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Lynne Gregory

Partner, Baker and Partners

Quotation Marks
With its well-regarded financial services sector and promotional campaigns, Jersey has become attractive to the natural resources sector

Perils and pitfalls of directing a Jersey energy company

Perils and pitfalls of directing a Jersey energy company


Lynne Gregory reviews the risks and rewards of the Jersey energy sector

Over the past 10 years the number of energy and natural resources companies establishing a head office in Jersey has grown considerably. With its well-regarded financial services sector and promotional campaigns, Jersey has become attractive to the natural resources sector. However, Jersey is not immune to the challenges and risks posed by extractive industries.

The vast revenues generated from natural resources and the extensive discretionary powers of government and public officials expose the sector to potential criminality.

Jersey’s appeal to energy companies rests not only in its tax regime, financial expertise and governmental independence, but also in its robust regulatory framework. It is therefore essential that companies and their directors in this sector take the necessary precautions not to fall foul of Jersey’s laws and regulations.

Corruption, bribery and fraud

While energy companies may be headquartered in Jersey, their mining/extraction operations are invariably elsewhere. This does not, however, preclude criminal proceedings being brought in Jersey. First, most corruption and sanctions offences have extra territorial effect and apply to acts done by Jersey domiciled companies and directors overseas. Second, to be tax resident in Jersey, a business must be managed and controlled here (e.g. by having Jersey resident directors, holding board meetings in Jersey and so on). This means Jersey individuals (e.g. corporate service providers) are likely to be involved in the company’s operations and thus subject to potential prosecution under Jersey law. The most obvious offences would be under Jersey’s Corruption Law which, like its UK equivalent (the Bribery Act), has extraterritorial effect. Other potential offences include:

  • Procurement fraud
  • Falsifying records - pumping, mining or harvesting more natural resources from public lands than is reported to the government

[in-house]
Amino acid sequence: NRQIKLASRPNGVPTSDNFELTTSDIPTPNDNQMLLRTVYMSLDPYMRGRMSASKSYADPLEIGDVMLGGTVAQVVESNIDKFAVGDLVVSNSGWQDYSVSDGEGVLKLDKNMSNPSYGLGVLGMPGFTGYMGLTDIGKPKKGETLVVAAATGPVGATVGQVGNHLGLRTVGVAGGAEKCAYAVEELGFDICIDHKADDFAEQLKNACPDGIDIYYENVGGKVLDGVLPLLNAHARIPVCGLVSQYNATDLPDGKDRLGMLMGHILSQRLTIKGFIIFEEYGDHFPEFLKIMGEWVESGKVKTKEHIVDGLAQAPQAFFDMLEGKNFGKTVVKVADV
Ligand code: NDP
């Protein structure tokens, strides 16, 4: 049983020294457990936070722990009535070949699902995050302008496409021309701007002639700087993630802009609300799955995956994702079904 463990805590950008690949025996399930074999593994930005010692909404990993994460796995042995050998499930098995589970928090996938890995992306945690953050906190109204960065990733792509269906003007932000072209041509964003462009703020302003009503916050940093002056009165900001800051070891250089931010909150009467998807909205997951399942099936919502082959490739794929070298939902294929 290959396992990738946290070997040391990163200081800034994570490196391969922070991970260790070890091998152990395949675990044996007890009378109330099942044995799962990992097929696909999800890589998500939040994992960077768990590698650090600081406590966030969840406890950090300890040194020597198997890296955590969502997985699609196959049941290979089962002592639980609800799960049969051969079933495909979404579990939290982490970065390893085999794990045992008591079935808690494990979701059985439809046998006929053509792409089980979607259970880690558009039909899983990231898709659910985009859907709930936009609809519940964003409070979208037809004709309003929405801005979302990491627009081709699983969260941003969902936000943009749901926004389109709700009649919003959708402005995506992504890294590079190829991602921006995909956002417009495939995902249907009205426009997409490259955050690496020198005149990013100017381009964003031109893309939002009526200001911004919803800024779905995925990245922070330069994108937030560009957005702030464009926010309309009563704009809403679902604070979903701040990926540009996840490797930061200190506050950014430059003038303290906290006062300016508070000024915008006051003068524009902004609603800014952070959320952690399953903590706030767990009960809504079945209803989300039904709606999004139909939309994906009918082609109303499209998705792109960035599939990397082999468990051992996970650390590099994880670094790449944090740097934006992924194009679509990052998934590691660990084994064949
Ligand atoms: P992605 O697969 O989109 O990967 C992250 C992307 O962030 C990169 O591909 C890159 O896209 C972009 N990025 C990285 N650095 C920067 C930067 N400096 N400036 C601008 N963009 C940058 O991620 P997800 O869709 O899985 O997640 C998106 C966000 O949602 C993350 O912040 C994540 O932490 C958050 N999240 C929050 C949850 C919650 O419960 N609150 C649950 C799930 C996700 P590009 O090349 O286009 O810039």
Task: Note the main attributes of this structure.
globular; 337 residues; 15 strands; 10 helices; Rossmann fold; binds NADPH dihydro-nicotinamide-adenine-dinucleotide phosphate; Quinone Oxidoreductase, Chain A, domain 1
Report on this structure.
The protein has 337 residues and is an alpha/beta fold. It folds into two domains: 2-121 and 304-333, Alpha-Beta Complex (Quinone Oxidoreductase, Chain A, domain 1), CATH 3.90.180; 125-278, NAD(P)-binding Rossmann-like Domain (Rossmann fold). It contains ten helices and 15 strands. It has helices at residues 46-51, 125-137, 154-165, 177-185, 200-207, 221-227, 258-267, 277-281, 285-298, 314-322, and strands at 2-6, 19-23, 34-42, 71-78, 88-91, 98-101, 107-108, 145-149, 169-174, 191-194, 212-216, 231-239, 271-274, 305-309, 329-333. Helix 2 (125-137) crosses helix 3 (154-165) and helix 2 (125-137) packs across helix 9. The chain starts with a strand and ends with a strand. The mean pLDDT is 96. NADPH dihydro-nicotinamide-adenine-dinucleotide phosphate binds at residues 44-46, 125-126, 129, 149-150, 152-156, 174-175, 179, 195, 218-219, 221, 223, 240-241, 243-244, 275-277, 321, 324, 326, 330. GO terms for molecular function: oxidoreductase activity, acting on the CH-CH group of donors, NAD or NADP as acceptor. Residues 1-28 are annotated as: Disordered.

• Misrepresenting compliance with licencing requirements, environmental regulations, or safety regulation 
  • Embezzlement facilitated by the complex nature of energy or mining contracts

It is therefore imperative that directors of Jersey registered energy companies familiarise themselves with the relevant laws prohibiting such activities such as:

  • Fraudulent inducement to make deposits (prohibited by Article 23 of the Banking Business (Jersey) Law 1991, with a maximum penalty of 7 years’ imprisonment or a fine, or both);
  • Fraudulent inducement to invest money (prohibited by Article 2 of the Investors (Prevention of Fraud) (Jersey) Law 1967, with a maximum penalty of 7 years’ imprisonment or a fine, or both);
  • Providing false or misleading information (prohibited by Article 10 of the Collective Investment Funds (Jersey) Law 1988, with a maximum penalty of 10 years’ imprisonment or a fine, or both);
  • Bribery (whether occurring in Jersey or abroad) (prohibited by Articles 5 and 6 of the Corruption (Jersey) Law 2006, with a maximum penalty of 10 years imprisonment and a fine.

The Jersey Financial Services Commission (JFSC), Jersey’s regulatory body for financial services, also has statutory powers to revoke business licences and to impose civil financial penalties for breaches of regulatory and legal requirements.

In addition to these criminal and regulatory sanctions, the Jersey courts have a range of civil remedies available to recover misappropriated gains.


Directors of energy companies must also be mindful of Jersey’s sanctions regime given that the risk of dealing with a sanctioned country or individual in this sector is significant. This is a particular issue currently given the large number of mining and energy interests in Russia, many of which have holding structures offshore, including in Jersey. Jersey implements all UN Security Council and UK sanctions through the Sanctions and Asset-Freezing (Jersey) Law 2019 (‘the Law’). It is an offence to circumvent sanctions. The maximum custodial sentence for a breach of financial sanctions in Jersey is a term of 7 years’ imprisonment.

The Law’s territorial reach is wide and includes conduct carried out wholly or partly outside Jersey by a UK national who is ordinarily resident in Jersey; or a person incorporated or constituted under the law of Jersey.

Looking forward

Jersey prides itself on being a leading international finance centre of integrity. It adheres to the highest regulatory standards, as endorsed by various EU bodies, the OECD, the IMF, and others. With the new offence of failing to prevent money laundering set to go live on 24 June, there is no doubt regulation and scrutiny will continue to increase in the years to come.

In 2015, MONEYVAL made an observation about Jersey’s disproportionately low-level enforcement of money laundering rules. In response, Jersey is taking a more aggressive intervention policy through initiatives such as the recently formed Economic Crime and Confiscation Unit and the JFSC’s introduction of and amendments to the civil penalties law. Such efforts are likely to continue and will not necessarily be restricted to the offence of money laundering.

Lynne Gregory is partner at Baker & Partners: